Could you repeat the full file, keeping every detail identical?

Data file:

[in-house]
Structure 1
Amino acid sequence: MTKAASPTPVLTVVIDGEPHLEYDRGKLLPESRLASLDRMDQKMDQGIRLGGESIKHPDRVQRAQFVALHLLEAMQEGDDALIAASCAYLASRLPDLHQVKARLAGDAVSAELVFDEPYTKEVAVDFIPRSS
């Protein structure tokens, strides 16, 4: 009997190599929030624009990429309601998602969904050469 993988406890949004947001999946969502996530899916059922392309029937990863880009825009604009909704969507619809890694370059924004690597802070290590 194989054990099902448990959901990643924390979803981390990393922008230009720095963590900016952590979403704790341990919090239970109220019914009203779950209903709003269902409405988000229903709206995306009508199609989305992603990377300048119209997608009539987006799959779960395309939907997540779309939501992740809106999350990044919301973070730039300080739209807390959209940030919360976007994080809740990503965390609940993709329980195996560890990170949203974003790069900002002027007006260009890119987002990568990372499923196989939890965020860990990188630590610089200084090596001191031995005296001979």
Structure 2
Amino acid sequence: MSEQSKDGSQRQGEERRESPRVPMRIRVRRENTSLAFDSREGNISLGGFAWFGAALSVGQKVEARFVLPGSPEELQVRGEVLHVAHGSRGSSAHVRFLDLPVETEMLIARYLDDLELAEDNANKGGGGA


[in-house]
Structure 1
Amino acid sequence: MTKAASPTPVLTVVIDGEPHLEYDRGKLLPESRLASLDRMDQKMDQGIRLGGESIKHPDRVQRAQFVALHLLEAMQEGDDALIAASCAYLASRLPDLHQVKARLAGDAVSAELVFDEPYTKEVAVDFIPRSS
């Protein structure tokens, strides 16, 4: 009997190599929030624009990429309601998602969904050469 993988406890949004947001999946969502996530899916059922392309029937990863880009825009604009909704969507619809890694370059924004690597802070290590 194989054990099902448990959901990643924390979803981390990393922008230009720095963590900016952590979403704790341990919090239970109220019914009203779950209903709003269902409405988000229903709206995306009508199609989305992603990377300048119209997608009539987006799959779960395309939907997540779309939501992740809106999350990044919301973070730039300080739209807390959209940030919360976007994080809740990503965390609940993709329980195996560890990170949203974003790069900002002027007006260009890119987002990568990372499923196989939890965020860990990188630590610089200084090596001191031995005296001979």
Structure 2
Amino acid sequence: MSEQSKDGSQRQGEERRESPRVPMRIRVRRENTSLAFDSREGNISLGGFAWFGAALSVGQKVEARFVLPGSPEELQVRGEVLHVAHGSRGSSAHVRFLDLPVETEMLIARYLDDLELAEDNANKGGGGA